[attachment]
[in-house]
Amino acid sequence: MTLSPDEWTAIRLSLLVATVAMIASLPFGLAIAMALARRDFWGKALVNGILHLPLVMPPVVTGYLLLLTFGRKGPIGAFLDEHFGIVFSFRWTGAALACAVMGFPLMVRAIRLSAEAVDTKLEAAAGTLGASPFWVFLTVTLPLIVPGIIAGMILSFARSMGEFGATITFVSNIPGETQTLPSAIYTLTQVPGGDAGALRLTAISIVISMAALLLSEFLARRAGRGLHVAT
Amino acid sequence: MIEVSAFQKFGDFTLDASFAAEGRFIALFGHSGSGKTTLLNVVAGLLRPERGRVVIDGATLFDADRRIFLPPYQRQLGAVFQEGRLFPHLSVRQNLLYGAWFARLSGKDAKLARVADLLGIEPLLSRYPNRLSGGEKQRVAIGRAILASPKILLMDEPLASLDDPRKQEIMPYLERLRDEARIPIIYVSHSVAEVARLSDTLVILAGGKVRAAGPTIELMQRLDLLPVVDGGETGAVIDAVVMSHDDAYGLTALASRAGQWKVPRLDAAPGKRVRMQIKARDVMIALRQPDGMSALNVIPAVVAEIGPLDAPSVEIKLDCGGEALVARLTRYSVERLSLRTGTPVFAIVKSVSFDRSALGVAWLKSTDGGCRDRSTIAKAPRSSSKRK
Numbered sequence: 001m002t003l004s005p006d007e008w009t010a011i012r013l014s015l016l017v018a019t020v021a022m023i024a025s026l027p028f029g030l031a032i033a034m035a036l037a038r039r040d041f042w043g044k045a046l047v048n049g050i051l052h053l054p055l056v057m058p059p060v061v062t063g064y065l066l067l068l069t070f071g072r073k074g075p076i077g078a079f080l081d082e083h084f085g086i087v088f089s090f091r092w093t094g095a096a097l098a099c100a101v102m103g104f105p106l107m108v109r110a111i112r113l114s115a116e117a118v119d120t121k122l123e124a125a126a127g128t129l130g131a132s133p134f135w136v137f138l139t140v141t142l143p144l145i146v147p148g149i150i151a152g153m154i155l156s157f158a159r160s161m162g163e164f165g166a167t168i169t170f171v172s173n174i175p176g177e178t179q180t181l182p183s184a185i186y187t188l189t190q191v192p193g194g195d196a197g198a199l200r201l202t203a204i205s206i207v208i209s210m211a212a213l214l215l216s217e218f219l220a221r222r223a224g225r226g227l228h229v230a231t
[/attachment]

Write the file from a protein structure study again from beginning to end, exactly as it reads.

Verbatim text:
[in-house]
Amino acid sequence: MTLSPDEWTAIRLSLLVATVAMIASLPFGLAIAMALARRDFWGKALVNGILHLPLVMPPVVTGYLLLLTFGRKGPIGAFLDEHFGIVFSFRWTGAALACAVMGFPLMVRAIRLSAEAVDTKLEAAAGTLGASPFWVFLTVTLPLIVPGIIAGMILSFARSMGEFGATITFVSNIPGETQTLPSAIYTLTQVPGGDAGALRLTAISIVISMAALLLSEFLARRAGRGLHVAT
Amino acid sequence: MIEVSAFQKFGDFTLDASFAAEGRFIALFGHSGSGKTTLLNVVAGLLRPERGRVVIDGATLFDADRRIFLPPYQRQLGAVFQEGRLFPHLSVRQNLLYGAWFARLSGKDAKLARVADLLGIEPLLSRYPNRLSGGEKQRVAIGRAILASPKILLMDEPLASLDDPRKQEIMPYLERLRDEARIPIIYVSHSVAEVARLSDTLVILAGGKVRAAGPTIELMQRLDLLPVVDGGETGAVIDAVVMSHDDAYGLTALASRAGQWKVPRLDAAPGKRVRMQIKARDVMIALRQPDGMSALNVIPAVVAEIGPLDAPSVEIKLDCGGEALVARLTRYSVERLSLRTGTPVFAIVKSVSFDRSALGVAWLKSTDGGCRDRSTIAKAPRSSSKRK
Numbered sequence: 001m002t003l004s005p006d007e008w009t010a011i012r013l014s015l016l017v018a019t020v021a022m023i024a025s026l027p028f029g030l031a032i033a034m035a036l037a038r039r040d041f042w043g044k045a046l047v048n049g050i051l052h053l054p055l056v057m058p059p060v061v062t063g064y065l066l067l068l069t070f071g072r073k074g075p076i077g078a079f080l081d082e083h084f085g086i087v088f089s090f091r092w093t094g095a096a097l098a099c100a101v102m103g104f105p106l107m108v109r110a111i112r113l114s115a116e117a118v119d120t121k122l123e124a125a126a127g128t129l130g131a132s133p134f135w136v137f138l139t140v141t142l143p144l145i146v147p148g149i150i151a152g153m154i155l156s157f158a159r160s161m162g163e164f165g166a167t168i169t170f171v172s173n174i175p176g177e178t179q180t181l182p183s184a185i186y187t188l189t190q191v192p193g194g195d196a197g198a199l200r201l202t203a204i205s206i207v208i209s210m211a212a213l214l215l216s217e218f219l220a221r222r223a224g225r226g227l228h229v230a231t